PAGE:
As Dershem stated in a recent interview with Becker’s Hospital Review, a pragmatic approach to how blockchain could affect the future of payment transactions in the healthcare industry, “…is to build hybrid architectures that use legacy database structures with introduction of distributed ledger technologies. This provides a platform where blockchain technologies can be tested and trusted.”
With the rise of new technology, MAPay’s mission is to place healthcare records on its permissionable multi-node blockchain for secure patient-driven use, as well as utilizing this information to impact population health management. For the first time, patients will be able to authenticate themselves into the healthcare ecosystem, not the other way around.
Despite the fact that interoperability between these has existed in the industry since the advent of the Commodore computer, until now, these records have been hard-siloed off into institutional and/or business structures that did not communicate with one another. In addition, patients are often granted little or zero access to their own medical records.
“This is no longer a technology issue but rather, a business and regulatory issue. Our doctrine on blockchain driven by the patient may be the answer to getting to the trends shaping the discussion of population health management, dynamic diagnosing as well as fraud and abuse,” says Dershem.
“MAPay has a proprietary technique to aggregate financial, clinical and contextual data through an individual patient-provisioned methodology. I’ve yet to see anything as transformational as what Dersh and his team have created. Physicians and other healthcare providers will have access to information never before available to drive more customized and effective interventions to treat patients leading to better population health and outcomes,” says Jenny A. Witthoff, VMD MS, a global health researcher and adjunct professor at Georgetown University.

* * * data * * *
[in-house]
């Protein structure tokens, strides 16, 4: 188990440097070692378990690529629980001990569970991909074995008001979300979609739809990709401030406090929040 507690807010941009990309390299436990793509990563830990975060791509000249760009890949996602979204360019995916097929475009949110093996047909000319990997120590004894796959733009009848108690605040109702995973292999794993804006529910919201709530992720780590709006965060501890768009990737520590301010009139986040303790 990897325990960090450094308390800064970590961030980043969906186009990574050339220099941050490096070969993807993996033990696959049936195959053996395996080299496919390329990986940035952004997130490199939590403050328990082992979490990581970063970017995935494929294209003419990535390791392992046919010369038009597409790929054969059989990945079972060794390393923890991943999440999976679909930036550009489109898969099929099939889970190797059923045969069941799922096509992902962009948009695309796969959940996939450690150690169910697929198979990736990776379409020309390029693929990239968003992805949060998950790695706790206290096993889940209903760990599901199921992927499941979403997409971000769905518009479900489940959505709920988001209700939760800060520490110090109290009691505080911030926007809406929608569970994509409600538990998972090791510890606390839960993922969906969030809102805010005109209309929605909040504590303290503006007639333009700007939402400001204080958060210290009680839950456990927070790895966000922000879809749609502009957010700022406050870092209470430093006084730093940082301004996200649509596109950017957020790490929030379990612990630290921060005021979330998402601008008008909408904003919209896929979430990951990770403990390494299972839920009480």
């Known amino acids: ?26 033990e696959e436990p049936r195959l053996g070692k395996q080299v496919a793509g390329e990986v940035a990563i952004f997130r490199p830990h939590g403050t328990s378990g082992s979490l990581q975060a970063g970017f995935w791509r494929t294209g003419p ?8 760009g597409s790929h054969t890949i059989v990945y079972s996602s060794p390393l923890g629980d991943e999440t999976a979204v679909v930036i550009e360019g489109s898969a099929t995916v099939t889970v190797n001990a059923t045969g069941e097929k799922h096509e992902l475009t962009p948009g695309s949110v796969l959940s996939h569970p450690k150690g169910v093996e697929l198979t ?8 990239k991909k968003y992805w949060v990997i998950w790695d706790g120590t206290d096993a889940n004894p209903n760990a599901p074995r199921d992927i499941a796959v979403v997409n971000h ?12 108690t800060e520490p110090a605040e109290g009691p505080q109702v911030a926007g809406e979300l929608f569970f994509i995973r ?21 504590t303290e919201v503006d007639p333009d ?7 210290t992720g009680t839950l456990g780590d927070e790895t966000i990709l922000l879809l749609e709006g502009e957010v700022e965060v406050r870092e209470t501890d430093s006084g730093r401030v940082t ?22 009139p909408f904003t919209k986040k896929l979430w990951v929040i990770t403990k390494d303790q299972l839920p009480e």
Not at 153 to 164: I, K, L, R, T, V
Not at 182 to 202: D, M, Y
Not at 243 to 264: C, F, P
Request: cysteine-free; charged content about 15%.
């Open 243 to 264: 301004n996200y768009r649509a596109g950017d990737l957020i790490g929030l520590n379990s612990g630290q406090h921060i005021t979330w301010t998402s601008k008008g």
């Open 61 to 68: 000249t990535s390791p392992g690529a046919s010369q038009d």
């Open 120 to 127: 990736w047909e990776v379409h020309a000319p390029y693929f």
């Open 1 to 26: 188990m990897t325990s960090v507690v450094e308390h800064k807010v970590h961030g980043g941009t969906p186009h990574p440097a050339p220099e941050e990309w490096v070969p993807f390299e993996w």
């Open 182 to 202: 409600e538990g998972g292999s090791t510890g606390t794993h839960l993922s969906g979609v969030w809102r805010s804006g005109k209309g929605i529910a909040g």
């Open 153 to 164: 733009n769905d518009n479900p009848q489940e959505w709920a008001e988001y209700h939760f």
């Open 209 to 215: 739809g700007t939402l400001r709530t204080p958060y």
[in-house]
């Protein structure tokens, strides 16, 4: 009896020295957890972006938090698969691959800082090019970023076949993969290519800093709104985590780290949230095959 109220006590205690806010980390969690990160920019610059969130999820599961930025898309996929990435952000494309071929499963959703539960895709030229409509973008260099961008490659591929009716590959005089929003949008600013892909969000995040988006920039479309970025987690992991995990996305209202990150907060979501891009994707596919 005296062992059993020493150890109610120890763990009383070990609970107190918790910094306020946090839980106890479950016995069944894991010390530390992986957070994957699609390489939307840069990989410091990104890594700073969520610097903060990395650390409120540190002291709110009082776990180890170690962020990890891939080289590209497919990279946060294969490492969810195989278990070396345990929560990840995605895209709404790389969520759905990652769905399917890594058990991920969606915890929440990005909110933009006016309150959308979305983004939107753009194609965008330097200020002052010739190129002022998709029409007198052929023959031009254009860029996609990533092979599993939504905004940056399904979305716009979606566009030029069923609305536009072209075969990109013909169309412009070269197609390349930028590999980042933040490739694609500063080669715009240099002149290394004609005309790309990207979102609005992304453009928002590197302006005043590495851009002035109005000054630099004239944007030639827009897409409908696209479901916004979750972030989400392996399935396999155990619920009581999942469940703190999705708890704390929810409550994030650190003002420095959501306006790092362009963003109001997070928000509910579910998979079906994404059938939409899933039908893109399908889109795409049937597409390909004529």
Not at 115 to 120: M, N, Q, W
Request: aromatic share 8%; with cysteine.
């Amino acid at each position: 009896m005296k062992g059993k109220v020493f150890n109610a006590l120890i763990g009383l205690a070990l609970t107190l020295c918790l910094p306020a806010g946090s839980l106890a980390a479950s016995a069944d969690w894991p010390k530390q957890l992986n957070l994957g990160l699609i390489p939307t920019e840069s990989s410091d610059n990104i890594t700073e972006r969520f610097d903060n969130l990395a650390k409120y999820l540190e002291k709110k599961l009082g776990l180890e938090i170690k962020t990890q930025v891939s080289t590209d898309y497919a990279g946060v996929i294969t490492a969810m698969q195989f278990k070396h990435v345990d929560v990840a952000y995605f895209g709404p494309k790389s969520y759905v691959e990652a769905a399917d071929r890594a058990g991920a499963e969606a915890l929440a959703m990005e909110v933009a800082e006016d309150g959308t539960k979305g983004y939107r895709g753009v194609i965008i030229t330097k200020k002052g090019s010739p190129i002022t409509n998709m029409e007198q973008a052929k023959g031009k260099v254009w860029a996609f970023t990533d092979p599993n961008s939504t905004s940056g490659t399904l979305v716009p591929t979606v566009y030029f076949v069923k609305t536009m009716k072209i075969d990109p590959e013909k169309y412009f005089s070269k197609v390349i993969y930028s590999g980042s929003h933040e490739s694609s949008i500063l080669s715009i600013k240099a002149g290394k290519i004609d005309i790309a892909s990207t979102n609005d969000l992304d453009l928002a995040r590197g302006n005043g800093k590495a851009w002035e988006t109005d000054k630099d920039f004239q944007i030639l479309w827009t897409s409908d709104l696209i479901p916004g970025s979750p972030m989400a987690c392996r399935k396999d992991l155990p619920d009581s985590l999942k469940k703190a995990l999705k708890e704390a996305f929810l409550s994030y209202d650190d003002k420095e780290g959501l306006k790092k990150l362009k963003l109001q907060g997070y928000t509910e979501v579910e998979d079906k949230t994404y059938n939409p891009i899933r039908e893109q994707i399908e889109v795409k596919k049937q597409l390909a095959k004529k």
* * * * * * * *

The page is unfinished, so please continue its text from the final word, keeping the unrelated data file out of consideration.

MAPay has already gained plaudits and recognition for its novel payment technology. The firm is working in collaboration with leading organizations focused on interoperability; has been in discussions with several major US hospital systems for onboarding; and has been in conversations with multiple practice management systems. The company is poised to announce global partnerships with two top-tier technology services and consulting firms, as well as a full-scale international deployment on a countrywide basis of its platform. This will be the first of its kind for any fintech firm in the world.
“If we can reduce global healthcare transactions cost by even 10 percent, that would free up nearly $1 trillion dollars,” Dershem said at the recent HealthFurther conference in Nashville. That would go a long way to providing vaccines in developing geographic regions, access to care in urban health deserts, and orphan drug research. Not a bad day after all.”
SOURCE MAPay, LLC
Supply Chain Management Association Becomes Supply Chain Canada
At its AGM yesterday, the Supply Chain Management Association announced its name change to Supply Chain Canada. The association also launched a new website as part of an overall rebranding initiative.
“The new name and look are part of a transformation that we have undertaken as the association enters its second century,” said Christian Buhagiar, President & CEO of Supply Chain Canada. “Today’s supply chains are dynamic and fast-paced. The association for Canada’s supply chain professionals must reflect that.”